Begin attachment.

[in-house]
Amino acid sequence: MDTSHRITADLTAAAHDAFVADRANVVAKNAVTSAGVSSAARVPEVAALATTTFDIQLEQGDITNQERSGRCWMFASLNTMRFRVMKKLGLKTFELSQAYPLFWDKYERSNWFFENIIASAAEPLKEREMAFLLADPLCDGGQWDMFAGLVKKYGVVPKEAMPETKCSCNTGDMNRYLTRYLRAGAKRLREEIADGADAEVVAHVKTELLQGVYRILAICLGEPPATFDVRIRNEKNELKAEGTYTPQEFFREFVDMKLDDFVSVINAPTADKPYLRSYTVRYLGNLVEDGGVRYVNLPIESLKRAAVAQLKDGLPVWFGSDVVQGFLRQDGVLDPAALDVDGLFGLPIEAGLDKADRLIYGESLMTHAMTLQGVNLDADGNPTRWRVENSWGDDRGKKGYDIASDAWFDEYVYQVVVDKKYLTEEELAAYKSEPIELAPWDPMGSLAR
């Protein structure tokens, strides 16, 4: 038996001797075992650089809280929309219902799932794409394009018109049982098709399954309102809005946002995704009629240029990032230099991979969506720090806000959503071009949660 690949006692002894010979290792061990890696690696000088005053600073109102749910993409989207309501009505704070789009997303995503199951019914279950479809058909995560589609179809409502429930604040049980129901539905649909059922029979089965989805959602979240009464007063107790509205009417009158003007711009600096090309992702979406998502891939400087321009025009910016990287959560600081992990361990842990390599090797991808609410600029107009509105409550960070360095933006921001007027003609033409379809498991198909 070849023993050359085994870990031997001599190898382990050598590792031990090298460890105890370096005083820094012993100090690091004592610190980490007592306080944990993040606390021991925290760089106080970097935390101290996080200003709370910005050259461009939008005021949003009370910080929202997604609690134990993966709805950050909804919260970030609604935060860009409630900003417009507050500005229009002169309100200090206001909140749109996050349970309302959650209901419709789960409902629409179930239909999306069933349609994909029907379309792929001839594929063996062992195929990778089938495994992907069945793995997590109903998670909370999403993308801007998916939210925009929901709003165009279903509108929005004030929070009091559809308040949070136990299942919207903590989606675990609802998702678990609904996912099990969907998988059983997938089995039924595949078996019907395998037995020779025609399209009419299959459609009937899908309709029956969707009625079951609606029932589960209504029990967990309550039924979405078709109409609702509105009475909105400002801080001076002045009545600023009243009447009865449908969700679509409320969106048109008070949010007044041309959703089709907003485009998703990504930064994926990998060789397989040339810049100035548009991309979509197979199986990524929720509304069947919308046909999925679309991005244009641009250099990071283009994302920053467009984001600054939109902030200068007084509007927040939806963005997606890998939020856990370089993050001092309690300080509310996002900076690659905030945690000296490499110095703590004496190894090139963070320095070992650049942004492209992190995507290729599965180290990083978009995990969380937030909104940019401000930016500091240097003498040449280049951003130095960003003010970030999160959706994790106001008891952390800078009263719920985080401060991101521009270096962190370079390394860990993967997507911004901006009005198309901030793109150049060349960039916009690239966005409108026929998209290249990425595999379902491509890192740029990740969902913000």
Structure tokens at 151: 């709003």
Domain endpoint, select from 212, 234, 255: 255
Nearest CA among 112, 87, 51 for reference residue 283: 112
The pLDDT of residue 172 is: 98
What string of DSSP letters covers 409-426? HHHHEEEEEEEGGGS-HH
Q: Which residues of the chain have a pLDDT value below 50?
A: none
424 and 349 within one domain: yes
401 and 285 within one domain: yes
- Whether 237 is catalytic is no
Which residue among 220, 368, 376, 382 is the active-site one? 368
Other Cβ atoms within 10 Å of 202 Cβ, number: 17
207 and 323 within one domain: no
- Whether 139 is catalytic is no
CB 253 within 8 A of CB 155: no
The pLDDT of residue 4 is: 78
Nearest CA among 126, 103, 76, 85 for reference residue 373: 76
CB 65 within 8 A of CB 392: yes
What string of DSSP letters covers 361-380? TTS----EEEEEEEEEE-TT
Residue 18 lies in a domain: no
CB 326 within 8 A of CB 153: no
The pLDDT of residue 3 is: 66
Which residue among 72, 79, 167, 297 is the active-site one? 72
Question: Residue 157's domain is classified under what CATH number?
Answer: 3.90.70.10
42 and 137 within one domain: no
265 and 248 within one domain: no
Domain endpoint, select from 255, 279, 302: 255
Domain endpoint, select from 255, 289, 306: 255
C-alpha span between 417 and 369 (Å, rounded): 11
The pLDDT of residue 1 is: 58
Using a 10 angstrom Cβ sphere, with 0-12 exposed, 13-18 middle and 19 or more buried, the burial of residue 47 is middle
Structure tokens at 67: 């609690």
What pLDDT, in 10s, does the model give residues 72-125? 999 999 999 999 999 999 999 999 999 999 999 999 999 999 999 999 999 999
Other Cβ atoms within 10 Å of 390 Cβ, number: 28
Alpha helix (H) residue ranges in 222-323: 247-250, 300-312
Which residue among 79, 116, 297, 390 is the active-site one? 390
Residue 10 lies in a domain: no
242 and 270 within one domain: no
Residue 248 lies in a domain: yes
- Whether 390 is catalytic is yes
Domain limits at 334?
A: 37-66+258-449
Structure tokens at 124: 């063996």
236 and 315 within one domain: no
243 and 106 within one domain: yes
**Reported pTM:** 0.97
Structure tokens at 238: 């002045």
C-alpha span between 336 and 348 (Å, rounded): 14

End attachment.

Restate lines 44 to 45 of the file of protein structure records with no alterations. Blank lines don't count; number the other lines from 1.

- Whether 390 is catalytic is yes
Domain limits at 334?